In 2017, DNA profiling protocols expanded from examining 13 core STRs to analyzing 20 separate and internationally standardized STR loci, which are evenly distributed across most autosomes. The STR amelogenin can additionally distinguish the Y chromosome and aid in gender distinction, confirm paternity, and decipher sexual assault evidence. The Federal Bureau of Investigation established CODIS in 1998 as a central database for full and partial DNA profiles that satisfy minimum STR thresholds, submitted by users applying approved techniques and reagents. In this way, DNA fingerprints can be compared and potentially matched across different crime scenes to identify patterns and repeat offenders, and to catch or eliminate suspects.
Capillary electrophoresis (CE) adapts the principles of gel electrophoresis to make them more versatile and potentially several orders of magnitude more sensitive. A CE apparatus consists of an injection system, a high voltage source, a narrow capillary tube (often treated with a UV-transparent coating), an electrode, and a detector. The readout is an electropherogram with a series of distinct peaks for each allele of each detectable STR that corresponds to its number of repeats. For submission to CODIS, the resulting profile must be at least partially complete, with eight of 13 original core STRs represented. The highest sensitivity detectors are laser-assisted and can resolve several different dyes simultaneously, contributing to throughput by allowing CE apparatuses to run multiplexed reactions. The application of high voltage allows quick resolution of size differences, and capillaries impregnated with substances such as hydroxyethyl cellulose and polyvinyl pyrrolidone can resolve one- to three-base pair discrepancies from STRs as long as 600 base pairs. Changes to capillary type and buffer composition can additionally allow adaptation of CE-based protocols for forensic toxicology.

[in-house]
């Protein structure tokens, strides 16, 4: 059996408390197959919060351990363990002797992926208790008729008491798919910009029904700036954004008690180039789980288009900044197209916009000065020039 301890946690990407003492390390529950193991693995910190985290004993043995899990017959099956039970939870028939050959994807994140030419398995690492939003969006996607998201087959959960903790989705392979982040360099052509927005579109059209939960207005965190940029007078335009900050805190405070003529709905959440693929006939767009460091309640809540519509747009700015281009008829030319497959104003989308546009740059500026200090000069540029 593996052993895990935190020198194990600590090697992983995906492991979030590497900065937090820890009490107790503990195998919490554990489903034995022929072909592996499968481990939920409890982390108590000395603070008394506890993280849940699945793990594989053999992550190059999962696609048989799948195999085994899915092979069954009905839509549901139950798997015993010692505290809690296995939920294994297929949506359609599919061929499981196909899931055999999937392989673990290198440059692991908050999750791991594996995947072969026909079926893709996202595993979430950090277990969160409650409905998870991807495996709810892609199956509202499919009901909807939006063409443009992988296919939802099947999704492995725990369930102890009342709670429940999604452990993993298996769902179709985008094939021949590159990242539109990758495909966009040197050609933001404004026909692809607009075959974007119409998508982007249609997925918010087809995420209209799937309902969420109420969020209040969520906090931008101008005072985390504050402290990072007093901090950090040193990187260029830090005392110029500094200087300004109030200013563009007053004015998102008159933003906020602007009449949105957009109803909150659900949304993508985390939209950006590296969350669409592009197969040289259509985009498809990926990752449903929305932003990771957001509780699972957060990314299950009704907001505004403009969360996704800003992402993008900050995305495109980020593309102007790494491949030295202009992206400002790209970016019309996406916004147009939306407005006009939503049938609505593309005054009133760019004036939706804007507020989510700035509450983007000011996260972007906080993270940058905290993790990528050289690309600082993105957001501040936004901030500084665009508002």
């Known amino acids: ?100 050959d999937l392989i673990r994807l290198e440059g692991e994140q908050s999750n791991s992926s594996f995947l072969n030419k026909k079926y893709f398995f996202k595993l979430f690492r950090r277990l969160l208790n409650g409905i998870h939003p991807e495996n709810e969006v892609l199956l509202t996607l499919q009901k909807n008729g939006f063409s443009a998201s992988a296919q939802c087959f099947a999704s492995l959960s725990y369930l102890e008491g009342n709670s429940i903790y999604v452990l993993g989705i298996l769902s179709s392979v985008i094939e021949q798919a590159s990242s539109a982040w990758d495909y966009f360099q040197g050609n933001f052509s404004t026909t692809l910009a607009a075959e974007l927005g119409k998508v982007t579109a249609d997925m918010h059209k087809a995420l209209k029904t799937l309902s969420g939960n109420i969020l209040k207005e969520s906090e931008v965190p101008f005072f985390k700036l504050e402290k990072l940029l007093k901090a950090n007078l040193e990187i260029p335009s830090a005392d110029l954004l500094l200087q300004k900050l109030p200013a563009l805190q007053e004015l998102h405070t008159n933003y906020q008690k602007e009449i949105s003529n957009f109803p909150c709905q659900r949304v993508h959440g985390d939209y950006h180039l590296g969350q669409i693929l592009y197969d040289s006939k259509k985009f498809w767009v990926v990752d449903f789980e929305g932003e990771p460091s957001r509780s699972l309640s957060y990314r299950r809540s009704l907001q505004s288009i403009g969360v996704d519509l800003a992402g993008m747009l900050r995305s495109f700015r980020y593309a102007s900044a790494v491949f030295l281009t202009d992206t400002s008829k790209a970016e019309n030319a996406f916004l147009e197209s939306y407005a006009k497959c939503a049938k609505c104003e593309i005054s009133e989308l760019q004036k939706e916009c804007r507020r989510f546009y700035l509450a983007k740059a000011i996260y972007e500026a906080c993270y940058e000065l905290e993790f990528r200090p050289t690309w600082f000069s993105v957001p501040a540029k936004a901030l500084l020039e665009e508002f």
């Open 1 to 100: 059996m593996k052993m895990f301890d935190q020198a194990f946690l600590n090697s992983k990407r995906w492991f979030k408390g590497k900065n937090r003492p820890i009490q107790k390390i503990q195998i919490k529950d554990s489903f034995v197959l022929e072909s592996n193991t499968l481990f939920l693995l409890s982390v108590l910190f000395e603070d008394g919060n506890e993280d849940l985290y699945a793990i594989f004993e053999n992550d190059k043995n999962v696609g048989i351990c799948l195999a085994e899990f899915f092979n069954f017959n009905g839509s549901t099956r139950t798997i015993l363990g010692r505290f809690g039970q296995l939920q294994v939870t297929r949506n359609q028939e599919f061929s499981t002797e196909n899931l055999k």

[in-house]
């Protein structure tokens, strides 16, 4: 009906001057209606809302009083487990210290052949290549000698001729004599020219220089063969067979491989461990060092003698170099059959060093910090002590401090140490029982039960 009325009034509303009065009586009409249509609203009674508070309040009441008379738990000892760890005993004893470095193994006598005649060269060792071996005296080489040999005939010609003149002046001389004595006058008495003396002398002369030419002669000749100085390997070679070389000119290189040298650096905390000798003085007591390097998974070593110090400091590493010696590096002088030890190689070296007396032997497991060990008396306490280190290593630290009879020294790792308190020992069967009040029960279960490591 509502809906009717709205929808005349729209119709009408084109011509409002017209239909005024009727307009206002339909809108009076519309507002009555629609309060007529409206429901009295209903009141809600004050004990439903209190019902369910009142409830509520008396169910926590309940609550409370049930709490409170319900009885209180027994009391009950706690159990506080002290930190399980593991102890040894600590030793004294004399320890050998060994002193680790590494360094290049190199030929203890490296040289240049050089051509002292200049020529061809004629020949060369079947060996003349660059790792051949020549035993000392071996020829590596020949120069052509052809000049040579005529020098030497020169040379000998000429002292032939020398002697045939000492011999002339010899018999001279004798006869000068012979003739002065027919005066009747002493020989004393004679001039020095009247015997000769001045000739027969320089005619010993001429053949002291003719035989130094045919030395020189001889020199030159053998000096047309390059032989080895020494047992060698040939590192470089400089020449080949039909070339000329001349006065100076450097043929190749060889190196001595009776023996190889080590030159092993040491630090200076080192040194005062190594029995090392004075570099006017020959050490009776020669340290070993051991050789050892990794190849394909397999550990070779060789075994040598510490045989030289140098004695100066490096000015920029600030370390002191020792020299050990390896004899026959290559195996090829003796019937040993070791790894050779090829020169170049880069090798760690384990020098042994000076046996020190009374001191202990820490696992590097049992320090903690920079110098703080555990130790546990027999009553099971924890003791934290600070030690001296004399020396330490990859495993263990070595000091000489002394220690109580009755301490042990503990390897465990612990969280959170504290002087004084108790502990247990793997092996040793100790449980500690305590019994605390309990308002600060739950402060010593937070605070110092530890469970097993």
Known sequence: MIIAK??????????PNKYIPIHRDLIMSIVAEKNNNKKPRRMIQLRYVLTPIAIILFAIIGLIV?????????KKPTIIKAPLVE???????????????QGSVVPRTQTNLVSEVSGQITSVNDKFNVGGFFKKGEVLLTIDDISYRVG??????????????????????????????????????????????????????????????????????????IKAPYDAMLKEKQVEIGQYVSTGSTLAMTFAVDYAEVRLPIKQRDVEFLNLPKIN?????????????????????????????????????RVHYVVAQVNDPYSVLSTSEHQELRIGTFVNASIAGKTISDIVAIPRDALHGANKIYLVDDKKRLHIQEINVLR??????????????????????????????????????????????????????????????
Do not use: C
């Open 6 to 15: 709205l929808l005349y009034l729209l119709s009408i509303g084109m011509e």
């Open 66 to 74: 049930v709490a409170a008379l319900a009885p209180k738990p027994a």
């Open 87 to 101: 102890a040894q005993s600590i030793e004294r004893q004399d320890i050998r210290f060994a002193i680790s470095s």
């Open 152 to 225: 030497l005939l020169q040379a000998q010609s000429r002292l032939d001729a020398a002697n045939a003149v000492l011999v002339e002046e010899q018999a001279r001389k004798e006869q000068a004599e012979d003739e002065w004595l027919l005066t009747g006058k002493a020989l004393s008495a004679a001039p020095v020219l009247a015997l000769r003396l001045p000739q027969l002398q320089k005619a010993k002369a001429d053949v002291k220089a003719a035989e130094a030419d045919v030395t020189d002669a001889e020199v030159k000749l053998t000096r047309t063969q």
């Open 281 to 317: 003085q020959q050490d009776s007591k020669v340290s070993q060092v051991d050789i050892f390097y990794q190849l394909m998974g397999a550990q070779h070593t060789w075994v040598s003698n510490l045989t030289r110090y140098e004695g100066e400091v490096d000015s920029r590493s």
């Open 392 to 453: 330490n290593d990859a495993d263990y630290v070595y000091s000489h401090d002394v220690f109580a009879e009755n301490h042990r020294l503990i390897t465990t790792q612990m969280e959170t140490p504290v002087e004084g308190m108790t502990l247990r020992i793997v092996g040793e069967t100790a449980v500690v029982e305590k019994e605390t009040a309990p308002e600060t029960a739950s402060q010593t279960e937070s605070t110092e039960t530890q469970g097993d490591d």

At the leading edge of CE technology, Promega has developed the Spectrum system to coordinate with its PowerQuant and PowerPlex family of reagents, using 8-dye detection with additional compatibility to reagents supplied by Applied Biosystems and Qiagen. The Spectrum CE system will allow co-amplification of all 20 CODIS STRs, with the ability to directly amplify DNA from FTA cards. Profiling analysis can be completed with integrated and automated GeneMapper ID-X and HID-Spectrum software packages.